At the time of his sudden death in 2008, solo exhibitions of his photographs hung concurrently at the Harwood Museum of Art, Taos, New Mexico; the Riva Yares Gallery, Santa Fe, New Mexico; and the Roswell Museum and Art Center, Roswell, New Mexico. His book In New Mexico Light had just been selected for the Eric Hoffer Award.

Contents

Biography

Early years

Hall was born in Vernal, Utah, to Phyllis Hiatt and Charles William "Peck" Hall; he was the elder of two children. His brother, Wayne Hall, was born eighteen months after Douglas. Although Vernal is a Mormon community, the young Hall family did not practice the faith. While Peck Hall was serving in the Navy during World War II, his marriage to Phyllis broke up and the two small boys started living with their maternal grandmother, Beulah Perry. Hall's elementary and high school years were spent with his grandparents on rural farms in the Vernal area. He raised sheep and cows that he exhibited and sold at County Fairs. During high school Hall was a rodeo contestant.[1]

College years

At the age of seventeen, Hall entered Utah State University, Logan, to study creative writing. He was already a published author. He transferred to the University of Utah in Salt Lake City and then to Brigham Young University where he earned his bachelor's degree in English in 1960. At BYU Hall started what would become lifelong friendships with Alfred Bush and David Stires. The three enthusiastic writers lived and breathed literature and other creative arts. Bush became the Curator of Western Americana at the Firestone Library, Princeton University, and Stires became a publishing executive. Highlights of Hall's undergraduate years included study of the creative process with Brewster Ghislen, author of the landmark book The Creative Process. Between his junior and senior years at BYU, Hall met and married Claire Nicholson, of Boise, Idaho. The two remained married for ten years.[1] After earning his undergraduate degree at BYU, Hall was accepted into the prestigious Writer's Workshop at the University of Iowa, Iowa City. For three years he worked as special assistant to Paul Engle, director of the program. While at the Writer's Workshop Hall befriended, among others, Mark Strand, Galway Kinnell, W. S. Merwin, and Adrian Mitchell. While at Iowa Hall wrote and published extensively.[1]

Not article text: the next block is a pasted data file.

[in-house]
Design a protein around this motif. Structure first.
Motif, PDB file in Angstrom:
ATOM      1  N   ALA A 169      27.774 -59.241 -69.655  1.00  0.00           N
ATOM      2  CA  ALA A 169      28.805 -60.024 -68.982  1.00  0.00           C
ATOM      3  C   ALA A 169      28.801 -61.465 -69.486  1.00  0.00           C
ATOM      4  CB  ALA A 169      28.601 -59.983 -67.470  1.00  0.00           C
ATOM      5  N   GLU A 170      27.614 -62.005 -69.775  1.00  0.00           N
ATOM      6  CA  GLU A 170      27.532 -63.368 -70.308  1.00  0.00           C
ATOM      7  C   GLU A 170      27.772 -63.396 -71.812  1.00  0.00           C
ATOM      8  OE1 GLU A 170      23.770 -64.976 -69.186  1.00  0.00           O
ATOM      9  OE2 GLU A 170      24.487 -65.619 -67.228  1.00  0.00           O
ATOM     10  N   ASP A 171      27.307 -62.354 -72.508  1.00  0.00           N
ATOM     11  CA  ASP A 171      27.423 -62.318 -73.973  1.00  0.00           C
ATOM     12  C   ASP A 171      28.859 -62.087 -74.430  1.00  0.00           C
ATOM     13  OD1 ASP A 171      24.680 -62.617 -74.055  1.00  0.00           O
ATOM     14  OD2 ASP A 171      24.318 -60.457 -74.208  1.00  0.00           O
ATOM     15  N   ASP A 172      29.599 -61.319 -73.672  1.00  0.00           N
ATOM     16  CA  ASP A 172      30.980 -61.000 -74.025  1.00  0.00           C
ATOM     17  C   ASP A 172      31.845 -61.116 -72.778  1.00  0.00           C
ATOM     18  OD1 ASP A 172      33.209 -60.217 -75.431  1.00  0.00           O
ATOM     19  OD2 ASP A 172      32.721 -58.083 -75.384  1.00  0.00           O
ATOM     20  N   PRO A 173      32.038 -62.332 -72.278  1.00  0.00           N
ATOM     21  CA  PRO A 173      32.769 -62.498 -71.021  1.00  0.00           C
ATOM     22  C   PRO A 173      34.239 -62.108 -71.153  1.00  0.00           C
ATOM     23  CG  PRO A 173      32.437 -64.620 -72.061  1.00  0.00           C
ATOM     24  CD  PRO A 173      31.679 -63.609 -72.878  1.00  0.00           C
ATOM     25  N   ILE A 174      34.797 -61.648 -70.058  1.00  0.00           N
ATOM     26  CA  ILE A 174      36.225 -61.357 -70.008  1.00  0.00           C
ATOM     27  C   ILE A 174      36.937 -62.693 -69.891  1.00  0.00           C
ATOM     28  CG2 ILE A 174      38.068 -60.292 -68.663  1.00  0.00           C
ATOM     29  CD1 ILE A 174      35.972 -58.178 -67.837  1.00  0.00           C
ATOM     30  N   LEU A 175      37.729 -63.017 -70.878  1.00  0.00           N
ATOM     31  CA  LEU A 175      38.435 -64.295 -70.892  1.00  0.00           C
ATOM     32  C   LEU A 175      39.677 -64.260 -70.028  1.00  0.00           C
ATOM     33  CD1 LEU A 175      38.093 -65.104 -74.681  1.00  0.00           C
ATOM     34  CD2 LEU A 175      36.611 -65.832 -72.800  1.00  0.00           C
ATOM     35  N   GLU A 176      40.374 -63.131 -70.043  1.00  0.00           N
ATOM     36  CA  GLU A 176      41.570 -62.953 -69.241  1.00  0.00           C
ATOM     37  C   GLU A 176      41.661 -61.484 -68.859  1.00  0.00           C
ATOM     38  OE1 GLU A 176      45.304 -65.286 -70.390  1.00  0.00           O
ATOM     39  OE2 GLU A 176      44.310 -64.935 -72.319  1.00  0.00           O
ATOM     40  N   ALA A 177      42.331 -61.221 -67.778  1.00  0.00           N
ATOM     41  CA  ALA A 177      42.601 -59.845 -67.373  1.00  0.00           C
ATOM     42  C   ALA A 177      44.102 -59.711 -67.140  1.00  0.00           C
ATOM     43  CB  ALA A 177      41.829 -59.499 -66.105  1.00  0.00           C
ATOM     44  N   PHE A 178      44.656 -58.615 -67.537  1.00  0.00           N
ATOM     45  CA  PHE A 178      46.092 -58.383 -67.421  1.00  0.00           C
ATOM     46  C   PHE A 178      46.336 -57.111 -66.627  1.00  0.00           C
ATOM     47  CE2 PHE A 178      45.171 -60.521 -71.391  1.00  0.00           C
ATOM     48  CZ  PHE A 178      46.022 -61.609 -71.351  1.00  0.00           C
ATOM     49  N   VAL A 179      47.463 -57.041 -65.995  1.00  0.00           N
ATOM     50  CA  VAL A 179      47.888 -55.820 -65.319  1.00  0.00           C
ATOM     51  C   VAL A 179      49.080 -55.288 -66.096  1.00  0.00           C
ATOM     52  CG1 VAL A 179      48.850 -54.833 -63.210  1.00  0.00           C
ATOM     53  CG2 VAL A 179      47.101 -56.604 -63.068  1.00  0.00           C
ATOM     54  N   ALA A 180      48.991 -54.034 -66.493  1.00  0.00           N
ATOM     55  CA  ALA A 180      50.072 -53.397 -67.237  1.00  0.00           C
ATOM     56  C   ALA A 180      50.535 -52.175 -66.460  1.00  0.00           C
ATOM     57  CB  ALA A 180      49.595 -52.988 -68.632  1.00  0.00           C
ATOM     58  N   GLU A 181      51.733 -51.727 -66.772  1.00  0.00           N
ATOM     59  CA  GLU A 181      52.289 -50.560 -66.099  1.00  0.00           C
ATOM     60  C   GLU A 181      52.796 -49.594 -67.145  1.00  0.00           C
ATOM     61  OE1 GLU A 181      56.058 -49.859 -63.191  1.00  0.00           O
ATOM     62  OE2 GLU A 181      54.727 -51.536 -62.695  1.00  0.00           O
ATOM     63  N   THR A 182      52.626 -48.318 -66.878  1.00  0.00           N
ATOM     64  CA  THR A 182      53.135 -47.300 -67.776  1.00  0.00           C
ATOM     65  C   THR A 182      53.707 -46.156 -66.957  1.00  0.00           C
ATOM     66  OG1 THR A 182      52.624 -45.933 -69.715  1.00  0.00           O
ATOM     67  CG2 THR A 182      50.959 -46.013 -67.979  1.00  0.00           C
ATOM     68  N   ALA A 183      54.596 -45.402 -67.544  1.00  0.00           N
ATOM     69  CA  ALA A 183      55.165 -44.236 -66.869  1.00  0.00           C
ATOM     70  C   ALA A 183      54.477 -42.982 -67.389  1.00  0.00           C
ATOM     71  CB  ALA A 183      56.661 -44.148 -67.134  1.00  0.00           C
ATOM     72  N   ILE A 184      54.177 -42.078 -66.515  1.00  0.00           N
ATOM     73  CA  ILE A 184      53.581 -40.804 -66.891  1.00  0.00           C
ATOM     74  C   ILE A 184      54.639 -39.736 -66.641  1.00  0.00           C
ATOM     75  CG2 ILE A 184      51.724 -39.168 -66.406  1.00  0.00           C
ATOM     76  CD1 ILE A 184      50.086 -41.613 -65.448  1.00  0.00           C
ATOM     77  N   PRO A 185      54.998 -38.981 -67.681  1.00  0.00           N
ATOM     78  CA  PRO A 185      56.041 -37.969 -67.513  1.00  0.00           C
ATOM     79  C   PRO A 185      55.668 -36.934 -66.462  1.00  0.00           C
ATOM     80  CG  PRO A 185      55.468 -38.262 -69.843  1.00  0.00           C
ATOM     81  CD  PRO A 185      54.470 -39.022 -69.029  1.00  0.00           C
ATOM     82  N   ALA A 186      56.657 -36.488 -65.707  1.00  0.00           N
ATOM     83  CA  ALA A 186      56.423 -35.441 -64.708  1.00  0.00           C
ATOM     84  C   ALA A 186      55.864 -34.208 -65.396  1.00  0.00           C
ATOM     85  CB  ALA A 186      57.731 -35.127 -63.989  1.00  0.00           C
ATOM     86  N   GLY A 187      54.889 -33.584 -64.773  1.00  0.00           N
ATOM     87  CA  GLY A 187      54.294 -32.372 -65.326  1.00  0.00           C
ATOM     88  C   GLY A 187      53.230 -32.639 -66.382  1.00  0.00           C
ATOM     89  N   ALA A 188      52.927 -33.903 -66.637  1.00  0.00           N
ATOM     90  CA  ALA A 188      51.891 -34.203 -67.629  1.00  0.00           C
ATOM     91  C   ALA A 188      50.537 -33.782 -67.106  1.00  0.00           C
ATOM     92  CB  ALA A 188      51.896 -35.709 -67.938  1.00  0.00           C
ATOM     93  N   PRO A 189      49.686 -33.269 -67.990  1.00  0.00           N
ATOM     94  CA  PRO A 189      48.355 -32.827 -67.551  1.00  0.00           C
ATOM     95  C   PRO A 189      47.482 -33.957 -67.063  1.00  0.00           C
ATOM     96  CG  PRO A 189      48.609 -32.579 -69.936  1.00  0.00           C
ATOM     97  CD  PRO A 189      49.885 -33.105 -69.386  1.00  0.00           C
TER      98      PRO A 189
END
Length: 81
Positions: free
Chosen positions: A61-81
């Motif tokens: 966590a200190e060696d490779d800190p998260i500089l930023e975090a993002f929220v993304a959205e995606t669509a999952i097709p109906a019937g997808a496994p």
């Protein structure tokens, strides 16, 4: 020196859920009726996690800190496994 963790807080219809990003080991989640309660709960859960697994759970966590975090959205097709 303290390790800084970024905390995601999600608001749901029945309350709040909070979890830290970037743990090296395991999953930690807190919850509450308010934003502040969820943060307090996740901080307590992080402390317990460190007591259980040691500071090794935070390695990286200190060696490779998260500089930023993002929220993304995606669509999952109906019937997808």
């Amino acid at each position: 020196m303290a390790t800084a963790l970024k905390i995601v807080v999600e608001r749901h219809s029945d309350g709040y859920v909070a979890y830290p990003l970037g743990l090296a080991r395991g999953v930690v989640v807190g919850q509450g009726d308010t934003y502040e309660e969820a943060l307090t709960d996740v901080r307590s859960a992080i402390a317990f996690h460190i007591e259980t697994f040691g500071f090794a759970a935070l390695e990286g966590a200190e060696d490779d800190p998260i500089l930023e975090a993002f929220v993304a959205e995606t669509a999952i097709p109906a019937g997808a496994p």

Early career

Hall's master of fine arts degree in Creative Writing from the University of Iowa's Writer's Workshop in 1963 led to a position at the University of Portland teaching Creative Writing and Literature. Hall and Claire moved to Portland, Oregon, in 1964. During his time at the University of Portland, Hall brought many well-known poets to the school for readings, such as Allen Ginsburg, W. H. Auden, Anais Nin, Gary Snyder, Robert Duncan, William Stafford, and Robert Bly. At this time a friend lent Hall a camera and he taught himself photography, seriously studying photographic technique and style. He photographed poets and the group of artists he befriended in Portland, including Lee Kelly, Duane Zaloudek, Carl Morris, Hilda Morris, Doug Lynch, among others.[1]

Hall's method of teaching creative writing included taking his students on car trips, overseeing student film productions, and having students grade themselves. His increasing interest in photography led to freelance photographic work. He photographed Jimi Hendrix and Jim Morrison of the Doors for Sunn Music, makers of amplifiers. He received various other commercial and magazine photographic assignments. Hall realized he could dedicate himself to his writing and photography and left the world of academia.[1]

In 1967 Hall traveled throughout England, France, Italy, Spain, and Portugal with his cameras. He shot his first images in the Dark Landscapes series. In 1968 Hall moved from Portland to London and continued work in advertising and on his series of artist and writer portraits and his art photography. He began formulating the idea of Passing, which dominated most of the philosophy behind his personal work.[1]

Career as an independent writer and photographer